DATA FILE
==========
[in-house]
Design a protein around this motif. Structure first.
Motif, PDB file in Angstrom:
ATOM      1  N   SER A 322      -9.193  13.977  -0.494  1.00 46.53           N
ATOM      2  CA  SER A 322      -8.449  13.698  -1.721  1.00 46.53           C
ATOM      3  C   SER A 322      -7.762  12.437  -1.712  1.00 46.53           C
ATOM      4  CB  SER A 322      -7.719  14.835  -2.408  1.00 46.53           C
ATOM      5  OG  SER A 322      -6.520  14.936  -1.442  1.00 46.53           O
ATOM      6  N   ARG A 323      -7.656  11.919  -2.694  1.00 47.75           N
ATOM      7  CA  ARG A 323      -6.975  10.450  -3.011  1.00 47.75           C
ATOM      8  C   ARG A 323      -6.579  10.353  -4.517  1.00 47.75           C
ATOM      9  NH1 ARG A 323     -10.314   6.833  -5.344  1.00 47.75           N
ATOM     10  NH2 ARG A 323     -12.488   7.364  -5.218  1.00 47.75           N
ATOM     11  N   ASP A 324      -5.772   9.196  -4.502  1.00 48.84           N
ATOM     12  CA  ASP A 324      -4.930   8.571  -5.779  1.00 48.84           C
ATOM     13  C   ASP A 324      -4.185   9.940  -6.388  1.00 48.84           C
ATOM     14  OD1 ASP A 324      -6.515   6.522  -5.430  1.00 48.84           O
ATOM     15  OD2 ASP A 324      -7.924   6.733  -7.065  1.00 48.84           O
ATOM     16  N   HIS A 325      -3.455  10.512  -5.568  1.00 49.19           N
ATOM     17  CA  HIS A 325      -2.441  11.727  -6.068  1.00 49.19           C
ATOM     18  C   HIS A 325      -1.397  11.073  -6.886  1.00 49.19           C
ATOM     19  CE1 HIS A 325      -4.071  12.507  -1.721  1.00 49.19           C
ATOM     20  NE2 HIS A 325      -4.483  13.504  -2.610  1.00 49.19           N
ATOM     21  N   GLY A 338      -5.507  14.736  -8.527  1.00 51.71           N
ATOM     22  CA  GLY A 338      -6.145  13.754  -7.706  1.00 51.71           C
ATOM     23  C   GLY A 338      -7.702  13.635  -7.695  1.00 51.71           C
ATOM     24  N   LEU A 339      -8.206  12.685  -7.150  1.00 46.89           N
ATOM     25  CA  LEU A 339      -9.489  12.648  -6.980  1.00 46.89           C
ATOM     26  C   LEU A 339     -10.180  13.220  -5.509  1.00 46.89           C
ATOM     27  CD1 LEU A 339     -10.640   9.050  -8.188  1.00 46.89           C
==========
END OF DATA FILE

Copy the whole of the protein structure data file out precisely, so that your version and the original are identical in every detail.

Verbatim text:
[in-house]
Design a protein around this motif. Structure first.
Motif, PDB file in Angstrom:
ATOM      1  N   SER A 322      -9.193  13.977  -0.494  1.00 46.53           N
ATOM      2  CA  SER A 322      -8.449  13.698  -1.721  1.00 46.53           C
ATOM      3  C   SER A 322      -7.762  12.437  -1.712  1.00 46.53           C
ATOM      4  CB  SER A 322      -7.719  14.835  -2.408  1.00 46.53           C
ATOM      5  OG  SER A 322      -6.520  14.936  -1.442  1.00 46.53           O
ATOM      6  N   ARG A 323      -7.656  11.919  -2.694  1.00 47.75           N
ATOM      7  CA  ARG A 323      -6.975  10.450  -3.011  1.00 47.75           C
ATOM      8  C   ARG A 323      -6.579  10.353  -4.517  1.00 47.75           C
ATOM      9  NH1 ARG A 323     -10.314   6.833  -5.344  1.00 47.75           N
ATOM     10  NH2 ARG A 323     -12.488   7.364  -5.218  1.00 47.75           N
ATOM     11  N   ASP A 324      -5.772   9.196  -4.502  1.00 48.84           N
ATOM     12  CA  ASP A 324      -4.930   8.571  -5.779  1.00 48.84           C
ATOM     13  C   ASP A 324      -4.185   9.940  -6.388  1.00 48.84           C
ATOM     14  OD1 ASP A 324      -6.515   6.522  -5.430  1.00 48.84           O
ATOM     15  OD2 ASP A 324      -7.924   6.733  -7.065  1.00 48.84           O
ATOM     16  N   HIS A 325      -3.455  10.512  -5.568  1.00 49.19           N
ATOM     17  CA  HIS A 325      -2.441  11.727  -6.068  1.00 49.19           C
ATOM     18  C   HIS A 325      -1.397  11.073  -6.886  1.00 49.19           C
ATOM     19  CE1 HIS A 325      -4.071  12.507  -1.721  1.00 49.19           C
ATOM     20  NE2 HIS A 325      -4.483  13.504  -2.610  1.00 49.19           N
ATOM     21  N   GLY A 338      -5.507  14.736  -8.527  1.00 51.71           N
ATOM     22  CA  GLY A 338      -6.145  13.754  -7.706  1.00 51.71           C
ATOM     23  C   GLY A 338      -7.702  13.635  -7.695  1.00 51.71           C
ATOM     24  N   LEU A 339      -8.206  12.685  -7.150  1.00 46.89           N
ATOM     25  CA  LEU A 339      -9.489  12.648  -6.980  1.00 46.89           C
ATOM     26  C   LEU A 339     -10.180  13.220  -5.509  1.00 46.89           C
ATOM     27  CD1 LEU A 339     -10.640   9.050  -8.188  1.00 46.89           C